Empirical evidence for symbiotic medical education: A comparative analysis of community and tertiary-based programs

Flinders University Rural Clinical School, Flinders University, Adelaide, South Australia, Australia.
Medical Education (Impact Factor: 3.2). 03/2006; 40(2):109-16. DOI: 10.1111/j.1365-2929.2005.02366.x
Source: PubMed


Flinders University has developed the Parallel Rural Community Curriculum (PRCC), a full year clinical curriculum based in rural general practice in South Australia. The examination performance of students on this course has been shown to be higher than that of their tertiary hospital-based peers.
To compare the learning experiences of students in the community-based programme with those of students in the tertiary hospital in order to explain these improved academic outcomes.
A case study was undertaken, using an interpretivist perspective, with 3 structured interviews carried out over 2 academic years with each of 6 students from the community-based programme and 16 students from the tertiary hospital. The taped interviews were transcribed and analysed thematically using NUD*IST software.
The community-based programme was successful in immersing the students in the clinical environment in a meaningful way. Four key themes were found in the data. These represented clear differences between the experiences of the community-based and hospital-based students. These differences involved: the value that students perceived they were given by supervising doctors and their patients; the extent to which the student's presence realised a synergy between the work of the university and the health service; opportunities for students to meet the aspirations of both the community and government policy, and opportunities for students to learn how professional expectations can mesh with their own personal values.
This study has provided empirical evidence for the importance of the concept of symbiosis in understanding quality in medical education.

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    • "Students in subspecialty clinics lacked variety and some were unable to follow up patients as often as they would have liked (Walmsley et al. 2009). Having only a single supervisor could be a problem if relationship issues arose (Worley et al. 2006). "
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    ABSTRACT: Background: Traditionally, clinical learning for medical students consists of short-term and opportunistic encounters with primarily acute-care patients, supervised by an array of clinician preceptors. In response to educational concerns, some medical schools have developed longitudinal placements rather than short-term rotations. Many of these longitudinal placements are also integrated across the core clinical disciplines, are commonly termed longitudinal integrated clerkships (LICs) and often situated in rural locations. This review aimed to explore, analyse and synthesise evidence relating to the effectiveness of longitudinal placements, for medical students in particular to determine which aspects are most critical to successful outcomes. Method: Extensive search of the literature resulted in 1679 papers and abstracts being considered, with 53 papers ultimately being included for review. The review group coded these 53 papers according to standard BEME review guidelines. Specific information extracted included: data relating to effectiveness, the location of the study, number of students involved, format, length and description of placement, the learning outcomes, research design, the impact level for evaluation and the main evaluation methods and findings. We applied a realist approach to consider what works well for whom and under what circumstances. Findings: The early LICs were all community-based immersion programs, situated in general practice and predominantly in rural settings. More recent LIC innovations were situated in tertiary-level specialist ambulatory care in urban settings. Not all placements were integrated across medical disciplines but were longitudinal in relation to location, patient base and/or supervision. Twenty-four papers focussed on one of four programs from different viewpoints. Most evaluations were student opinion (survey, interview, focus group) and/or student assessment results. Placements varied from one half day per week for six months through to full time immersion for more than 12 months. The predominant mechanism relating to factors influencing effectiveness was continuity of one or more of: patient care, supervision and mentorship, peer group and location. The success of LICs and participation satisfaction depended on the preparation of both students and clinical supervisors, and the level of support each received from their academic institutions. Conclusion: Longitudinal placements, including longitudinal integrated placements, are gaining in popularity as an alternative to traditional block rotations. Although relatively few established LICs currently exist, medical schools may look for ways to incorporate some of the principles of LICs more generally in their clinical education programmes. Further research is required to ascertain the optimum length of time for placements depending on the defined learning outcomes and timing within the programme, which students are most likely to benefit and the effects of context such as location and type of integration.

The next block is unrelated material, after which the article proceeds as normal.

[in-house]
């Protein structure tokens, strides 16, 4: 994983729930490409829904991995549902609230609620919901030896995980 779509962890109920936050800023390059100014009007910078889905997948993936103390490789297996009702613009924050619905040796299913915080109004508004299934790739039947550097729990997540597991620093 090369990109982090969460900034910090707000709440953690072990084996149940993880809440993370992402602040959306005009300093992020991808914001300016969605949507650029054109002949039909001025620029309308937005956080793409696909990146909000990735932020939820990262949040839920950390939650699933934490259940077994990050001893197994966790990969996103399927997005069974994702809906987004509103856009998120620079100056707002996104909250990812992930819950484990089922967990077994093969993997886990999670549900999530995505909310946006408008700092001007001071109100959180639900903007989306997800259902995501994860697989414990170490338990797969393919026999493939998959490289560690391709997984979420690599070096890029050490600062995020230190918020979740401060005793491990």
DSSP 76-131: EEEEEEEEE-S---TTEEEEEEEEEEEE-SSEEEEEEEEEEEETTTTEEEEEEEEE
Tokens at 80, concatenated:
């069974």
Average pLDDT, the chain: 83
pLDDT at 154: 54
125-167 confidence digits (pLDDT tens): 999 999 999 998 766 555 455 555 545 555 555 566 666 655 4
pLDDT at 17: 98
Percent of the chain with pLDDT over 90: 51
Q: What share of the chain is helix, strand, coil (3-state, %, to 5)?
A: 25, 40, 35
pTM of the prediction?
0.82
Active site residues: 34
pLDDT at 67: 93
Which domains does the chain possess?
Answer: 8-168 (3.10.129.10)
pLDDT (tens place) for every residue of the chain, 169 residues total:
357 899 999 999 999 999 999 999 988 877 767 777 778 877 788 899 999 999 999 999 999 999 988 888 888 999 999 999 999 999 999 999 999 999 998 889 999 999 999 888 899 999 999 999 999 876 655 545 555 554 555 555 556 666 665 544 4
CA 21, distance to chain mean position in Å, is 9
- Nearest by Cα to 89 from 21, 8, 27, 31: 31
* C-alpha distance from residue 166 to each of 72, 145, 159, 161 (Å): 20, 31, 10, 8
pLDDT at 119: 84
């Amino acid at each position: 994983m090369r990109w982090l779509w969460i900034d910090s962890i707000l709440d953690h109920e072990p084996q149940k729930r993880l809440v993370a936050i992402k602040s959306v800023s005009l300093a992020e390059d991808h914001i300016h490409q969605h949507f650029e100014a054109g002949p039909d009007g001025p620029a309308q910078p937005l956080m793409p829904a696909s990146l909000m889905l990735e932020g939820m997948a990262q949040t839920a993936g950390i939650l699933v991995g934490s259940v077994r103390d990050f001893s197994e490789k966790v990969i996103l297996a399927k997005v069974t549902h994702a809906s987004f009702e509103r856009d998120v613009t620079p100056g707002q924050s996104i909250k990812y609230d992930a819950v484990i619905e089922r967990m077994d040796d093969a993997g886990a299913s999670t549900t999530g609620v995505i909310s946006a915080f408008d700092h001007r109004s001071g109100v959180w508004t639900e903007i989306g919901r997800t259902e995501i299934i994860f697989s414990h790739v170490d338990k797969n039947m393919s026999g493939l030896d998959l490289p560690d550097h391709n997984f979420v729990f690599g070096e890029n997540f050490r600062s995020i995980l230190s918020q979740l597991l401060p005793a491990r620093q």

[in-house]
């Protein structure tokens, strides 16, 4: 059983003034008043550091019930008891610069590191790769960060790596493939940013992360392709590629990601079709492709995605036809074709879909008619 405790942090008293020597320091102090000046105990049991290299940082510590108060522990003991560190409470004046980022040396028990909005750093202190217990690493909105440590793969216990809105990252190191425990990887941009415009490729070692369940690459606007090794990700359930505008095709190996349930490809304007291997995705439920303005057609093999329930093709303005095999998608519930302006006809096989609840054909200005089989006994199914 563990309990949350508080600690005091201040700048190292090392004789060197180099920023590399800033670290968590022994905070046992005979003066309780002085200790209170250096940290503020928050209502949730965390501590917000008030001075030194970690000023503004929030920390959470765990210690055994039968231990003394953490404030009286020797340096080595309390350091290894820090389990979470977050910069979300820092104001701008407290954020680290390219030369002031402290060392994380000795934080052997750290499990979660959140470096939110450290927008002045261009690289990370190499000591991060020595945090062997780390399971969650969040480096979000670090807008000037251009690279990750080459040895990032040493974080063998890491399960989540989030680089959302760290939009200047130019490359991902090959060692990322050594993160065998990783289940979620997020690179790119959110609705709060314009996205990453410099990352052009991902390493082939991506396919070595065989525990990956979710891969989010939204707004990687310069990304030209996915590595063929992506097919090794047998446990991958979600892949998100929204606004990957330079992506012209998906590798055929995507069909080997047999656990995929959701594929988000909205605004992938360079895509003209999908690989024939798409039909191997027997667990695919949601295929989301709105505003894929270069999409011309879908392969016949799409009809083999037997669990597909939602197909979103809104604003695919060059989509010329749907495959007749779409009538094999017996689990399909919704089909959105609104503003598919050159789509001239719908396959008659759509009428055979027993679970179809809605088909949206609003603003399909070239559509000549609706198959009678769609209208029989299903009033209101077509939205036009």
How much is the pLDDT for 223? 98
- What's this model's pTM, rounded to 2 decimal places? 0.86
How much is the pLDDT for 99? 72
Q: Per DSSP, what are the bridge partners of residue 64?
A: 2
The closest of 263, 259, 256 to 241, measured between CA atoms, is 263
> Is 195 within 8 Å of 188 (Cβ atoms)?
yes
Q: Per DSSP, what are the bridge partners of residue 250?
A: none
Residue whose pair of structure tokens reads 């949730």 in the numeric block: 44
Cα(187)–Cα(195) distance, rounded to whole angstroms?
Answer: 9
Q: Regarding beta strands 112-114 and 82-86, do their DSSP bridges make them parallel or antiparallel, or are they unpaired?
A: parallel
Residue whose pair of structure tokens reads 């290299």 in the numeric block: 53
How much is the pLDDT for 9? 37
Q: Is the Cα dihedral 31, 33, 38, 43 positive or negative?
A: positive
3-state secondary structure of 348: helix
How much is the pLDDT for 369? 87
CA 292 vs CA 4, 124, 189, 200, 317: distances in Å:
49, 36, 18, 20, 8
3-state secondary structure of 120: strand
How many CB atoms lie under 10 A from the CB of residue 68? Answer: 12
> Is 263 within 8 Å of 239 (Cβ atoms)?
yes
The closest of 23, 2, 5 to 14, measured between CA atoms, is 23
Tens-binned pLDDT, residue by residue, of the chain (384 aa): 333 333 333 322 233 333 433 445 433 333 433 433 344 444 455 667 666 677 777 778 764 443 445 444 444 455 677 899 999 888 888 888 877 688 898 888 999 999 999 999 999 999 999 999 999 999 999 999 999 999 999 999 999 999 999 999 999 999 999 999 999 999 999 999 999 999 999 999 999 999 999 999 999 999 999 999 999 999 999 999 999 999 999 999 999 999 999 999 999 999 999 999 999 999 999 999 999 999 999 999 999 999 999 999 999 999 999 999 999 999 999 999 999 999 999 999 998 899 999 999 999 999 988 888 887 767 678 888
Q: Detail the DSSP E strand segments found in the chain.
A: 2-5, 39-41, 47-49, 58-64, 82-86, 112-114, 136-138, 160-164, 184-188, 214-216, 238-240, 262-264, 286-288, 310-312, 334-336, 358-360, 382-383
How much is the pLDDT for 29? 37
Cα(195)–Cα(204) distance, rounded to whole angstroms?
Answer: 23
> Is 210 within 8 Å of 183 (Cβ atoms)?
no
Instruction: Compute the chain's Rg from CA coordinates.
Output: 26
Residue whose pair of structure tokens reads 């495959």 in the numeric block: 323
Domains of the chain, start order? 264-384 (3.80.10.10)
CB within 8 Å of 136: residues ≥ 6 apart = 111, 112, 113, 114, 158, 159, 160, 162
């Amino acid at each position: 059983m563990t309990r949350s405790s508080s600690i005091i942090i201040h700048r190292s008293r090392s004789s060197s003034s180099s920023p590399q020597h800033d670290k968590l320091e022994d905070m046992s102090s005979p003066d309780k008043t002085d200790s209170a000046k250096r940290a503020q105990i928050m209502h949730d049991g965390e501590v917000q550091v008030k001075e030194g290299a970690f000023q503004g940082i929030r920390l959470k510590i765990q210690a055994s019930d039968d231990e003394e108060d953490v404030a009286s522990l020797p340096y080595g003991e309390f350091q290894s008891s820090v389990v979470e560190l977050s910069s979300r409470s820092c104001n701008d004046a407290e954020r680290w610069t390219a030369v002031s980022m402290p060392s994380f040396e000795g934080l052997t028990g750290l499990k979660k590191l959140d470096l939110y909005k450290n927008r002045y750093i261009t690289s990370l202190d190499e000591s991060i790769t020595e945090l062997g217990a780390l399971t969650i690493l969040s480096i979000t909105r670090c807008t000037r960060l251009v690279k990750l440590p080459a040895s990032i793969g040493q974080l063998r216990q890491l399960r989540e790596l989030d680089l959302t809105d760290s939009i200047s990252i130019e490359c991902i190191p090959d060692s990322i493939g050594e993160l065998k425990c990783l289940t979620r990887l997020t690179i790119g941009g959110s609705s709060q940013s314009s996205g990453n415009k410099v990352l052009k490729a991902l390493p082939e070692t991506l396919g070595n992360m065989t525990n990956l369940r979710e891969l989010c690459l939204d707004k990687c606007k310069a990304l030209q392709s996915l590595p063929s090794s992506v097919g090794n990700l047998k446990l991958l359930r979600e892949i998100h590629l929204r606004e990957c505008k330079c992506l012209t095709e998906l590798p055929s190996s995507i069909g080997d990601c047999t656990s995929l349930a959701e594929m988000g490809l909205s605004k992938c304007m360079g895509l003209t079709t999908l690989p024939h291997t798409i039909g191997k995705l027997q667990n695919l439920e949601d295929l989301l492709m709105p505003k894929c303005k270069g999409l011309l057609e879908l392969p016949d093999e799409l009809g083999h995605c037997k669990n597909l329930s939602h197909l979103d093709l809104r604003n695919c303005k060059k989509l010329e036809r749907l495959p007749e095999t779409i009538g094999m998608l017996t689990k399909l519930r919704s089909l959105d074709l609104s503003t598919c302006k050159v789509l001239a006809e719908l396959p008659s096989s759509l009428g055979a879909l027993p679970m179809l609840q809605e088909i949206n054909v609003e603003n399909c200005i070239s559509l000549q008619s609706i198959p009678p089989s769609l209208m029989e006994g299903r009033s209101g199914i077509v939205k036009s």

Medical Teacher 07/2013; 35(8). DOI:10.3109/0142159X.2013.806981 · 1.68 Impact Factor